Before I could even start to answer those questions, I heard Highway 61 Revisited, I heard Blonde On Blonde and I knew there could be no answer. I didn’t care.
By this time, as a university student, I had become acquainted with the overdraft, an enduring relationship that was to continue, off and on – mainly on – for most of my adult lifetime. To try and make some extra cash, I went busking, singing a range of songs, including Dylan tracks such as One More Cup Of Coffee, Knocking On Heaven’s Door and I Shall Be Released. I usually made enough to buy a few pints on a Saturday night.
I had also become acquainted with heartbreak, but I was a slow learner, so I had to endure that a few times more. Dylan’s Blood On The Tracks helped me understand that we all have to go through it, even if most of us don’t go through it quite as majestically as he did. Another masterpiece full of wonderful songs. More than wonderful. Songs scarred by pain to create something more honest, more human, more rooted in the heart, the broken heart, the recovering heart, the living heart, the heart that keeps us living, moving, heading for another joint.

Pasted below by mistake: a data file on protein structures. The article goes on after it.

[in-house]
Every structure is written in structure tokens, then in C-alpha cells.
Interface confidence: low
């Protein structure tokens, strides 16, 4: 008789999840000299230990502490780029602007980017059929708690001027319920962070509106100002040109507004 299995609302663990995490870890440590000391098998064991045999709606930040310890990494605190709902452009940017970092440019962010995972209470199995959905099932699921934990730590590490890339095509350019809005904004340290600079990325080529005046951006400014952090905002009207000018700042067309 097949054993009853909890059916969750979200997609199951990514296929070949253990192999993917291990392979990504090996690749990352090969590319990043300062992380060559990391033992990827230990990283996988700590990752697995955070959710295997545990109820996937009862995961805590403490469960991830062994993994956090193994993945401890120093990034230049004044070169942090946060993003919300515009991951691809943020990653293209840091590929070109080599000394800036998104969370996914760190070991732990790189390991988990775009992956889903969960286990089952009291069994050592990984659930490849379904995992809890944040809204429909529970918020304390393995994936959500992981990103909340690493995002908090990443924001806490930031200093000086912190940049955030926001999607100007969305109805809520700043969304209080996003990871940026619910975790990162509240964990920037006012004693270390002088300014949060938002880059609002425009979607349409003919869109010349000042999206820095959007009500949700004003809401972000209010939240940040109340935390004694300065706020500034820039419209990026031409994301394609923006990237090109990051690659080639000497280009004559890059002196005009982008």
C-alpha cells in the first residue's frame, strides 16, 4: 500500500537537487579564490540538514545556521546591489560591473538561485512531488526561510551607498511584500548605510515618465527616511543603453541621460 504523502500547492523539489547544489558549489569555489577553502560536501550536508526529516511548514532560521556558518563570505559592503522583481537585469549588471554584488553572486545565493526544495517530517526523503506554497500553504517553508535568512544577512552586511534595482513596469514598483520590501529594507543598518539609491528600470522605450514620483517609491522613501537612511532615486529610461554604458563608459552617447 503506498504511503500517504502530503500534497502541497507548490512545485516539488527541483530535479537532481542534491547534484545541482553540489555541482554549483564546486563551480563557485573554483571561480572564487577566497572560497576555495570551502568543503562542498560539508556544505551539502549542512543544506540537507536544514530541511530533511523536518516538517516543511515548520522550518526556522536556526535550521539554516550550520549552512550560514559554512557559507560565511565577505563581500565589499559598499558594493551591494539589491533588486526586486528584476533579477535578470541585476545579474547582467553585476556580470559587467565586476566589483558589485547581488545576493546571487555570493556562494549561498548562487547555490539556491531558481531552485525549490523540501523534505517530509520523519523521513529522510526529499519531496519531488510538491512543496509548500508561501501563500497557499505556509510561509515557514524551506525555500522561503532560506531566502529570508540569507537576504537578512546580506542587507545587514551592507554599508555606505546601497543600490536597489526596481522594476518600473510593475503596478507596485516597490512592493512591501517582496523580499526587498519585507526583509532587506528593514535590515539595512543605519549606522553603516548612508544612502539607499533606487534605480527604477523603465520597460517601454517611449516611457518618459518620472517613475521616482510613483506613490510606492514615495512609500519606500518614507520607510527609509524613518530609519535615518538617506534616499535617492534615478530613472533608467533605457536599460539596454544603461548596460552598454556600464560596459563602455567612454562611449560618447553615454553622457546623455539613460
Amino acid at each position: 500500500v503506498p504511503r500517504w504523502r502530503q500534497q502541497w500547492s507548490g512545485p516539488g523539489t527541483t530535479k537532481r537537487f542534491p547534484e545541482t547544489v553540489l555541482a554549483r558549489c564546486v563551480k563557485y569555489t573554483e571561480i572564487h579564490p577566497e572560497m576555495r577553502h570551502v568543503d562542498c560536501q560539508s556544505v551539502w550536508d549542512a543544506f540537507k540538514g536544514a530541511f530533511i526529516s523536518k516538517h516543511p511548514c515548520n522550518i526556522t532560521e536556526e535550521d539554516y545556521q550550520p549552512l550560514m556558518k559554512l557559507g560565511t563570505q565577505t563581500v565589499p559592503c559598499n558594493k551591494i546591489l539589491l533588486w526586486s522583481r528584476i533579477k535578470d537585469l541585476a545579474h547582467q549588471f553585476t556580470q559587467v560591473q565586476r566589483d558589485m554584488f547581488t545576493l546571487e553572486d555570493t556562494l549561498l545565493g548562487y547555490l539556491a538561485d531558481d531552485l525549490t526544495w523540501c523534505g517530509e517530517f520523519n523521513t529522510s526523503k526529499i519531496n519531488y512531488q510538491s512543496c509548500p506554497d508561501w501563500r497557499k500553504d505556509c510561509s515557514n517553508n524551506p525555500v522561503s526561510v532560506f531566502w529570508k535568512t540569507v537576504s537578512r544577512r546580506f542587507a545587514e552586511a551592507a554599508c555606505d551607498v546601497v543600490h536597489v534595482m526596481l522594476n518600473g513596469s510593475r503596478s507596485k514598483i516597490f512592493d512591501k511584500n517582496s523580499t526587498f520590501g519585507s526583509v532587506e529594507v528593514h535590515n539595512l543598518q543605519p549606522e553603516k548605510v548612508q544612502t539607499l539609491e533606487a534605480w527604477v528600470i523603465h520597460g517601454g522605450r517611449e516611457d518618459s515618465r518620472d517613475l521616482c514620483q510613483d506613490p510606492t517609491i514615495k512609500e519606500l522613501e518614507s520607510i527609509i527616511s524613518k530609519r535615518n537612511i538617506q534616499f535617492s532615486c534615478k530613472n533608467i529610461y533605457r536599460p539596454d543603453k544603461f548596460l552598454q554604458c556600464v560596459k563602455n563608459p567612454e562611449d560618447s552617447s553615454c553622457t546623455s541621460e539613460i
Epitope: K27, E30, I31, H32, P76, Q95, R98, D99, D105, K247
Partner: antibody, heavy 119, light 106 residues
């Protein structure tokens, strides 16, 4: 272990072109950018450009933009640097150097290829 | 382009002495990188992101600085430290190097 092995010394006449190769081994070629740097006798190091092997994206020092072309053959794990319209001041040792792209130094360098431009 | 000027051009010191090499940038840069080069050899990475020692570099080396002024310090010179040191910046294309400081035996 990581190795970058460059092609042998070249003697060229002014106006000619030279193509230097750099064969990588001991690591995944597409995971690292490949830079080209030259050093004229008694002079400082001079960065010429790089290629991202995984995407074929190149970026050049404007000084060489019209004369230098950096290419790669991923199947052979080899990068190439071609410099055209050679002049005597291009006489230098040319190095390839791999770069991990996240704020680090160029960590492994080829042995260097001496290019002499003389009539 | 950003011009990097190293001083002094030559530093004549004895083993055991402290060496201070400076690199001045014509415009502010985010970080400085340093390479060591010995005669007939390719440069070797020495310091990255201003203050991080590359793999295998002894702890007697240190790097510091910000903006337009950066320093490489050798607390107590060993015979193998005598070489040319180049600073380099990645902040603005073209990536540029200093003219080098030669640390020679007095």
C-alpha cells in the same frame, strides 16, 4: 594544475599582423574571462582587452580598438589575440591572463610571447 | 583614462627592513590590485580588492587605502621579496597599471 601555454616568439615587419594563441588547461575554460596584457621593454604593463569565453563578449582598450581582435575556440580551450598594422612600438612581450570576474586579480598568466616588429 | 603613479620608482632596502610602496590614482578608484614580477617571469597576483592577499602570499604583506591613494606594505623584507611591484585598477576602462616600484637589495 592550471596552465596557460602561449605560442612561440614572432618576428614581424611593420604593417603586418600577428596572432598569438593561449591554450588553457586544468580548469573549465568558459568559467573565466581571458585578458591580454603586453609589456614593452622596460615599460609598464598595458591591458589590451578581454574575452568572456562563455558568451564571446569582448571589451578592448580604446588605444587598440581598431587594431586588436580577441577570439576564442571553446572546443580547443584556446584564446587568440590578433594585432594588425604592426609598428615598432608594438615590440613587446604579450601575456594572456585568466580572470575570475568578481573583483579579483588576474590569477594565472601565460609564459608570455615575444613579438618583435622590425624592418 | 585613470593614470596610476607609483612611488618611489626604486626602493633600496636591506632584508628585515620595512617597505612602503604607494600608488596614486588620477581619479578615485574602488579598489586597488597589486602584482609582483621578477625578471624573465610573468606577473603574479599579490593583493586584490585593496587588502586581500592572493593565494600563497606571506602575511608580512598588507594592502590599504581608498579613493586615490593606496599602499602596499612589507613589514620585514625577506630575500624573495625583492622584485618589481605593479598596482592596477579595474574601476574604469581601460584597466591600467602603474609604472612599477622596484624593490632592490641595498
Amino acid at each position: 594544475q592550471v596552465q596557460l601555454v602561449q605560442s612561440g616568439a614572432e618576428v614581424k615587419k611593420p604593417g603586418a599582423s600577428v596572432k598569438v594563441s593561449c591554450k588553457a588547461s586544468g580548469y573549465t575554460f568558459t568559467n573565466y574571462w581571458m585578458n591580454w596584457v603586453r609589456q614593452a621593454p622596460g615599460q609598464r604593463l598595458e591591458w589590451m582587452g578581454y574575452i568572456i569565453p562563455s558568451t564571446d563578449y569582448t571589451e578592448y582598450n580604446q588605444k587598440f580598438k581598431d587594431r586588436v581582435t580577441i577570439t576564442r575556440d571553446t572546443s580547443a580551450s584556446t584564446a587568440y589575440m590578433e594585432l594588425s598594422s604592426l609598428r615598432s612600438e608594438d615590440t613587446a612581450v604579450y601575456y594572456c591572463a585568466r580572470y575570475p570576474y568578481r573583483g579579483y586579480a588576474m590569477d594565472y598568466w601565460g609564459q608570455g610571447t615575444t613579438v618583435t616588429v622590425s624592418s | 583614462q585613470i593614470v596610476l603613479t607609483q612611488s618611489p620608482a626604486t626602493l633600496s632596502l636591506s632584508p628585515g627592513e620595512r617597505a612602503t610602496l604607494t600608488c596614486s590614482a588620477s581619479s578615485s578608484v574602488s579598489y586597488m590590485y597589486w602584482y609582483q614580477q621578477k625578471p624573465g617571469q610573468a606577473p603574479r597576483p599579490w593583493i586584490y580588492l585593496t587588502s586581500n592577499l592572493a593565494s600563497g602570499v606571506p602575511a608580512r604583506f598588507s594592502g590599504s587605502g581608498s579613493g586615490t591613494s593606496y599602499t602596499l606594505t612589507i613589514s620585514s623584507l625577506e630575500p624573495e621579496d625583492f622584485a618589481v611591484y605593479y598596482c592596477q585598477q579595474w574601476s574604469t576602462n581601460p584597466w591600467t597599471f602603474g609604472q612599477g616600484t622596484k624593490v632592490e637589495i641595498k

There are too many songs to talk about, from Tangled Up In Blue all the way through to Buckets Of Rain, but in among all the pain, the anger and the sorrow, there was the generous, breezy, playful gratitude of You’re Gonna Make Me Lonesome When You Go, right from the opening line:
“I’ve seen love go by my door
It’s never been this close before.”
And so many beautiful, generous lines all the way through:
“You’re gonna make me wonder what I'm doing
Staying far behind without you
You’re gonna make me wonder what I'm saying
You’re gonna make me give myself a good talking to.”
Heartbreak was real, despairing, anguished. It was immense. At times, it filled my life. But like Dylan condensing so much of it into just under 52 minutes, the lesson was that I could come out of it, that it could fill time for so long but not forever.
There would be another Dylan record, more songs. Life would go on.
I was at university studying English Literature. I loved literature, especially poetry, but I had an ulterior motive for picking the subject. The thing I wanted to do more than anything else was to write a dissertation on Bob Dylan. This ambition was formed only three years after first hearing those two albums at my dad’s house! The tutor who was going to supervise me tried to get me to choose something else. Another person had written a dissertation on Dylan a few years previously and it hadn’t been a great success.